this combination. This sort of limitation is also encountered in con­
suming the products of private enterprise—I may not find precisely
the automobile or typewriter that suits me.
In most areas of governmental activity, however, it is increasingly
felt that local governments are inefficient units. When any of three
types of governmental activity are sought, it is said that the unit of
effective administration must be large in scale—
1. When the object of a regulatory policy can be nullified by
the competition of (including migration to) other local govern­
mental units.
2. When the source of revenue of the activity can escape finan­
cial responsibility by migration to another unit.
3. When the policy is incapable of efficient performance upon a
local scale.
We consider these problems in turn.

h e





o m p e t it io n

Suppose that a community wishes to set a high standard of factory
safety, and requires the installation of a very expensive safety device.
Then the local portion of a much larger industry will be undersold in
the common market by factories in other communities, provided they
do not also simultaneously set as high standards of safety practices.
The local branch of the industry then dies or migrates. These facts
can be taken as data for our discussion.
The essence of this argument is th at competition, which usually
works so well in the area of private enterprise, serves to defeat desir­
able goals in the area of government. I f every governmental unit, save
one, were to desire and require elaborate safety devices in the facto­
ries of some industry, it is claimed that their desire could be stultified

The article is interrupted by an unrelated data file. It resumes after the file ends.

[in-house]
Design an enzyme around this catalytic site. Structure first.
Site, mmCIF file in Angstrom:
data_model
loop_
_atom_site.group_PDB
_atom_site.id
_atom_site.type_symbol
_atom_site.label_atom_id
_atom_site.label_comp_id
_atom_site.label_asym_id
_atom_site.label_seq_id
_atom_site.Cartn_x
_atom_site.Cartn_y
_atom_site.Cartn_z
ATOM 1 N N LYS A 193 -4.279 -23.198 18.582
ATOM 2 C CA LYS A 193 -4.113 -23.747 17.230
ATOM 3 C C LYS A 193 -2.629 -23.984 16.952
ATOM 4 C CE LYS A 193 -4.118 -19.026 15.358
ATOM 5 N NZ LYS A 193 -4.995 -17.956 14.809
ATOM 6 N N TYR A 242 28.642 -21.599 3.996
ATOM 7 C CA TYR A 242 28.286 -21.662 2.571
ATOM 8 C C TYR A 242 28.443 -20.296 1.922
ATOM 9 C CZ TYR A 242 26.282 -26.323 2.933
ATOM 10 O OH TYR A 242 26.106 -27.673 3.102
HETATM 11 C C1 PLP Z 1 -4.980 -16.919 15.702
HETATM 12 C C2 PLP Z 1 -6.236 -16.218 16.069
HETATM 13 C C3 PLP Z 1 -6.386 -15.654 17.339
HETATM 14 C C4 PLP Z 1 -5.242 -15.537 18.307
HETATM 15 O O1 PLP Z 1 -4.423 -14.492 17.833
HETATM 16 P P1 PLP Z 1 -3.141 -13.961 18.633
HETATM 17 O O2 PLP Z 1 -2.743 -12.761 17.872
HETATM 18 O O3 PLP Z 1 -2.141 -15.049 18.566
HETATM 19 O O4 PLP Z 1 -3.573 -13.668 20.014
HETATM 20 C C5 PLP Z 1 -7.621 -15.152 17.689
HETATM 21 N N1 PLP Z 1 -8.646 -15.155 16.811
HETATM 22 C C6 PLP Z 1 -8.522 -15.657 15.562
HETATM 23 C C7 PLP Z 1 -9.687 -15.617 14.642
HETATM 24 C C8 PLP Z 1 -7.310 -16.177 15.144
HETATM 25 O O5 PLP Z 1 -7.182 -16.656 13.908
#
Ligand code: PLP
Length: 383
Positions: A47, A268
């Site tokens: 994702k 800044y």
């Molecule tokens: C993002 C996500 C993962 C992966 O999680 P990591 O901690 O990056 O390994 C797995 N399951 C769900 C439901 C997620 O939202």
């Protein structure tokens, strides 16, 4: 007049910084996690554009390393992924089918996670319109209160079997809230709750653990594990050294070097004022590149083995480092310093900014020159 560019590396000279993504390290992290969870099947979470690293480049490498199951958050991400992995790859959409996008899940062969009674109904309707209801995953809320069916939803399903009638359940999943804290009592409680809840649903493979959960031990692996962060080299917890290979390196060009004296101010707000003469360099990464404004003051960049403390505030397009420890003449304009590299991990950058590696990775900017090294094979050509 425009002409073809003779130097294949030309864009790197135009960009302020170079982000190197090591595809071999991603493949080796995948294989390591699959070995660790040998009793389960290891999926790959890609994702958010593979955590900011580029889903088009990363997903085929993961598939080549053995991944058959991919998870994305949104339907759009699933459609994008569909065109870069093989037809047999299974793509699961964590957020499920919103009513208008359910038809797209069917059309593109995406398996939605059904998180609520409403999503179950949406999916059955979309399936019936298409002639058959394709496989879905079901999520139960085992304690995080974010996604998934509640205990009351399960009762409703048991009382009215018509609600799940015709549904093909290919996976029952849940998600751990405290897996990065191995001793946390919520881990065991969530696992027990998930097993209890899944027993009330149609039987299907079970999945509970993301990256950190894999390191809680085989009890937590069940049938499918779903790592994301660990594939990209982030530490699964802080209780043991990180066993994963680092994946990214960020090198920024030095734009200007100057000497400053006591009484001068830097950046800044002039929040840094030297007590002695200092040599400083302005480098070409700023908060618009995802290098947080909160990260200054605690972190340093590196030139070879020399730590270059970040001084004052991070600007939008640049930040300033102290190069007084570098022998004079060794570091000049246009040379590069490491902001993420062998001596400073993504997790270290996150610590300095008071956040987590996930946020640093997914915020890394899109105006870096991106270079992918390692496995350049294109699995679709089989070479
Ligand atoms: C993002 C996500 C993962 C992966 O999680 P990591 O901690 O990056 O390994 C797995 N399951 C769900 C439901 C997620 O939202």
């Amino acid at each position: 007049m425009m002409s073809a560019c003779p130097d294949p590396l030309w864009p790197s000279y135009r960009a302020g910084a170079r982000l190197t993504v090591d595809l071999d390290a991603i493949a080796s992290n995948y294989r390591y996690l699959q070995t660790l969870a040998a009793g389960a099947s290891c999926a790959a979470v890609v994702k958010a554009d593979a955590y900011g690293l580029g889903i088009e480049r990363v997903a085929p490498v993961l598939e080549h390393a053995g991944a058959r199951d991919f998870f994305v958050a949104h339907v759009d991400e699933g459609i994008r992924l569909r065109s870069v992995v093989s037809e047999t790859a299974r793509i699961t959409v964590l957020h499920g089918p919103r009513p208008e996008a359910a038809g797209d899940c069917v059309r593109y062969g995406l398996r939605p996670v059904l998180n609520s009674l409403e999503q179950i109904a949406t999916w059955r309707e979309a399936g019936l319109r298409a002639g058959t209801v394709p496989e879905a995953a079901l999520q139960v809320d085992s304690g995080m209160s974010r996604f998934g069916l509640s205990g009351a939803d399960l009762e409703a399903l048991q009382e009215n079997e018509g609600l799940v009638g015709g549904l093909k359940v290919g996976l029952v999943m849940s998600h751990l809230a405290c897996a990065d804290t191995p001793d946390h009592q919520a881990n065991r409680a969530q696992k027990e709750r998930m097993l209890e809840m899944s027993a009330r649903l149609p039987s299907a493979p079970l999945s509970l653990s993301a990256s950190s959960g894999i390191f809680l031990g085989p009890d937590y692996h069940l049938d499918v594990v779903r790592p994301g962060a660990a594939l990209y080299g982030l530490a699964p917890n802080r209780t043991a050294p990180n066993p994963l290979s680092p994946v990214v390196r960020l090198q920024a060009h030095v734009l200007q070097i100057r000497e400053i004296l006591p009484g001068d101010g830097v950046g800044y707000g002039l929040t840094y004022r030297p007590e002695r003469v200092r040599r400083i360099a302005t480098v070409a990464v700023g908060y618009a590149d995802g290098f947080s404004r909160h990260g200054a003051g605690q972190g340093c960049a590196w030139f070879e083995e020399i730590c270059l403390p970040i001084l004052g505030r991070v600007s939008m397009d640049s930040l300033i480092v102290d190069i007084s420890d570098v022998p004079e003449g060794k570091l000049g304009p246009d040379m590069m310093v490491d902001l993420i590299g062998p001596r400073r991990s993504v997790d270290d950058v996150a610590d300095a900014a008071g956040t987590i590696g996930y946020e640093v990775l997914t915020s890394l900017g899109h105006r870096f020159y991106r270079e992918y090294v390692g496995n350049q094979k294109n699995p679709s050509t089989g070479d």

by the presence of the exceptional community which did not have this
desire, because the regulated industry would migrate to this commu­
nity and escape regulation, and the knowledge that it would do so is
often enough to prevent the various communities from attempting to
regulate it.
I t may be remarked that a similar argument is often encountered
in the private-enterprise sector. Plants with low wage rates, it is
often said, force plants with high wage rates to reduce their wages in
order to compete successfully in the common market. In this case the
argument is reversible: the plants with high wage rates force plants
with low wage rates to raise their wages in order to compete success­
fully for workers in the common labor market. Both formulations,
however, are singularly uninformative, for they do not lead directly
to the correct conclusion, which is that the wages of all (similar)
workers must approach equality in all plants under competition, and
the common wage rate will be governed by the value of the worker’s
services in those plants which can pay this rate. Can it be th at some
parallel obscurity attaches to the customary formulation of the unfor­
tunate effect of competition among governments ?



The governmental analysis is, in fact, incomplete. Suppose any
community set the required level of safety practices as high as it
wishes, and then gave a subsidy to each enterprise in the locality equal
to the additional cost that these safety devices imposed upon the en­
terprises. Then there would be no tendency for the local industry to
be handicapped in competition with other areas with lower safety